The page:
Capturing ‘on canvas’ the changes around us as our world warms up can help us understand and appreciate the science behind the seasons. In the Southern Hemisphere, Spring has sprung! Looking around, what elements can we add to an artwork that represent what’s happening in nature because of the changes in weather conditions? These changes can be taken for granted. However, as teachers and parents it is a chance to help our children develop a greater awareness of how the world works. In the science curriculum there are some key elements that we can focus on, with an eye on art.

Using the senses

Encourage children to ‘sense the seasons’. We see changes in the colours and appearance of plants, the shapes of clouds and weather patterns in the sky, and in the choices of people’s clothing and activities. We feel changes in the warming temperatures, the blustery wind conditions and the brighter levels of light. We smell rain on the hot roads, dust in the dry paddocks, blossom budding on trees and newly-cut grass. We hear distant thunder, rain on the roof, wind in the trees and the rustling of leaves, and bees buzzing around fields of flowers. We taste seasonal foods like juicy watermelon in summer and tangy oranges in winter.

Importance of learning through art

Creating artworks stimulates the neurons in our brain to make connections between what our senses have experienced and concepts we want to remember. There are common elements in visual arts which can be used to emphasise this growing awareness of the changing weather patterns and the effects they have on our world.
# Line refers to a mark made with a brush or drawing tool.
# Shape is a flat area surrounded by edges or an outline.
# Texture relates to how the effects of, say, smooth, shiny, rough, wrinkled or curly are created: wind, rain, puddles, storms, clouds, leaves, blossom, fur, feathers...
# Forms are shapes in three dimensions like sculptures.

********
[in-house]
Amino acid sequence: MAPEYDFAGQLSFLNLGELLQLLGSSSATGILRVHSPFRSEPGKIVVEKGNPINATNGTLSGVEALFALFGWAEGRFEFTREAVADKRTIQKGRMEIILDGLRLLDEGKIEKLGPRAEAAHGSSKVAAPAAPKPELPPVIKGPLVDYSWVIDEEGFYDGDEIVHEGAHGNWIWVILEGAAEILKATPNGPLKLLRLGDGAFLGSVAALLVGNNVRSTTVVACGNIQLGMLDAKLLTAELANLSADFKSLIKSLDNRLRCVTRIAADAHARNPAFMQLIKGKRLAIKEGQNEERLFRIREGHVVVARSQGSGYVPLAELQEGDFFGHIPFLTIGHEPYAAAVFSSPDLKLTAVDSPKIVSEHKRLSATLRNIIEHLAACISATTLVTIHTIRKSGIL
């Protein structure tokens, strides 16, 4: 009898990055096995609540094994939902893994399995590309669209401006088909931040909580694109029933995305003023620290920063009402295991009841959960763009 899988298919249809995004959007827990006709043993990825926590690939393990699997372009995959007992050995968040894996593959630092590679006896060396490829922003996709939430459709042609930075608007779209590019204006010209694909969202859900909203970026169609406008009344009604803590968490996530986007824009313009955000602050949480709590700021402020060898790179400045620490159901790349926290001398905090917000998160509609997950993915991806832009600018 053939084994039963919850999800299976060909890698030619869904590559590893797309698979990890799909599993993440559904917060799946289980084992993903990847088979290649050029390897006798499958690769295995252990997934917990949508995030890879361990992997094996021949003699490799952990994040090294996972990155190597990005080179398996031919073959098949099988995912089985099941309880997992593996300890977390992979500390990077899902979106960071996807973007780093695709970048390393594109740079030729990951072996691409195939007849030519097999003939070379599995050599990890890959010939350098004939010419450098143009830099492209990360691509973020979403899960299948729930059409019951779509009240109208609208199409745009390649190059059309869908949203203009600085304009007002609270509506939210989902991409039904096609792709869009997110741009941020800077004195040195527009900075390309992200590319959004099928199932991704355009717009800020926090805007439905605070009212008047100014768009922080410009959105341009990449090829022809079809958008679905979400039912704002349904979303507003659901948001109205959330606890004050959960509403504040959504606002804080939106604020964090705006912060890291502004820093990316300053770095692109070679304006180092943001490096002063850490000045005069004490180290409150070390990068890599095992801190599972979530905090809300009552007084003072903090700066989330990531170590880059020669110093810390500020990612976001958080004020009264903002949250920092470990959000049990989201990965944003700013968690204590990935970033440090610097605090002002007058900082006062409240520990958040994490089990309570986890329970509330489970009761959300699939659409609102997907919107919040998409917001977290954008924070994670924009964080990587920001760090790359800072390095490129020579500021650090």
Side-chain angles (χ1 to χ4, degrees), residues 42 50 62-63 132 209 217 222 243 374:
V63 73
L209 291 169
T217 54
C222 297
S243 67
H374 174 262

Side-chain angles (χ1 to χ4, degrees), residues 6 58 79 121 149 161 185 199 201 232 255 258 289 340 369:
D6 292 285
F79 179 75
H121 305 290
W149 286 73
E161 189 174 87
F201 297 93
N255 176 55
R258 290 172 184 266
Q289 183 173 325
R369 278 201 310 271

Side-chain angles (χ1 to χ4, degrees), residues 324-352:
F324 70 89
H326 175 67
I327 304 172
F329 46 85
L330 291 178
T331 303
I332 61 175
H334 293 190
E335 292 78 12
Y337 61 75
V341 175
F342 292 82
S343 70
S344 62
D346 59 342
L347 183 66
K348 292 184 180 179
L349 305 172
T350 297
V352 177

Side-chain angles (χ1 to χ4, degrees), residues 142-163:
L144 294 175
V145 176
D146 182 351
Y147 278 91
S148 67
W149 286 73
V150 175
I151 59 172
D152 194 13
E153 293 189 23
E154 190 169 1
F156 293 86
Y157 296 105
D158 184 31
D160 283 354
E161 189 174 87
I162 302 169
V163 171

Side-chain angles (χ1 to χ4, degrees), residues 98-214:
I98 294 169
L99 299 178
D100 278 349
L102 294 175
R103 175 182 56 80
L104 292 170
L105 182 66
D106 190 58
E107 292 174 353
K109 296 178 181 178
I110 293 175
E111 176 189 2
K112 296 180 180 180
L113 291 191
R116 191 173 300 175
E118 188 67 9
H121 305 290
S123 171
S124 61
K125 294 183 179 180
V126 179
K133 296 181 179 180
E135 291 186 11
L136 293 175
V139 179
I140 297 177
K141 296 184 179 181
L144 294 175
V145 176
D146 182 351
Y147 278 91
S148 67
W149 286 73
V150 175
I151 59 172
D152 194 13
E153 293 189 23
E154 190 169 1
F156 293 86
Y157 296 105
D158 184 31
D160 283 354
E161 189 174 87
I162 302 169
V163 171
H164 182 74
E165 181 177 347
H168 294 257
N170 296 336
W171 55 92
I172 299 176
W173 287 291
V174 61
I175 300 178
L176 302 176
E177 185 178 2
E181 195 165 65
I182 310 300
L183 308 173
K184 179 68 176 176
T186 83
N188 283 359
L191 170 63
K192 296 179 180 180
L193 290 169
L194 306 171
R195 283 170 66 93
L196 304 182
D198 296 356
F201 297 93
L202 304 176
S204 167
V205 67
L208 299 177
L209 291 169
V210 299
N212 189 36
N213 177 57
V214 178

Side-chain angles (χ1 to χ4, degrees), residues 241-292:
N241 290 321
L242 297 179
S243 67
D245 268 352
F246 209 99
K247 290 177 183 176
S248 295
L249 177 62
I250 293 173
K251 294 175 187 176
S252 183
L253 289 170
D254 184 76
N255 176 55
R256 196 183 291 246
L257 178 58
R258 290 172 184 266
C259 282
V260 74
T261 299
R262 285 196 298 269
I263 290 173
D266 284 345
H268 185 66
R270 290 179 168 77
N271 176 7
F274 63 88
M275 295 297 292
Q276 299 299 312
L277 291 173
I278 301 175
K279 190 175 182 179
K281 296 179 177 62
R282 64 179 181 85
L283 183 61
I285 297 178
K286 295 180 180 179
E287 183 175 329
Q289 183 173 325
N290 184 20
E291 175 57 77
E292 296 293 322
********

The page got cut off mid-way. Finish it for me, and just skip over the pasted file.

# Colour starts with the primary ones of red, blue and yellow; artists make all others by mixing these to make secondary colours.
- Complementary colours across from each other on a colour wheel: red-green (red apple in a green tree), blue-orange (sunset and sunrise), yellow-purple (flowers in a garden) create strong contrasts.
- Warm colours like fire and sun stand out.
- Cool colours like snow and water recede.

Early Years: Grades 1 and 2

For junior primary children, these observations of the daily and seasonal changes in the sky and landscape help determine what to wear, what activities are possible, and what fresh foods are available to eat. Watching the clouds, the rain, the storms and how the water runs into puddles, creeks, rivers and the sea give an insight into the water cycle.

Middle Years: Grades 3 and 4

Middle primary students consider how the earth rotates on an axis around the sun giving us night and day and the seasons. The concepts of light and heat produced by the sun, and how it reaches the earth at different angles and intensity, can be explored. This website on Exploring Nature is helpful in explaining why we have the changing seasons. If you live in the northern hemisphere, the earth is tilted away from the sun during the coldest months of winter which means the southern hemisphere is much closer to the sun and experiencing the hot summer months. Hence, a snow white Christmas for some and Santa in sandals for others! Scientific investigations for kids can involve shadows, rainbows and melting things.

Upper Years: Grades 5, 6, 7

Upper primary science education includes investigations into how animals are dependent on their environment and adapt to ensure survival. Life cycles are often timed with the seasons to help ensure there is enough food, water and shelter. What is it about Spring that sees increased plant growth and the profusion of flowers, and the birth of many baby animals? Species develop physical features which fit well with the climate and conditions of their surroundings. Animal behaviours can be a result of the weather with many hibernating for the winter or migrating to more suitable climates - students can make inquiries into which animals behave like this. Extreme weather events can affect the habitats of animals: floods in the wet season, bushfires and cyclones in late summer. By discussing the source, reason, locations and aftermath of these occurrences, children can come to a better understanding of how the environment and the animals in it are affected. Creating labelled diagrams or drawings is an important skill, needed when presenting information reports.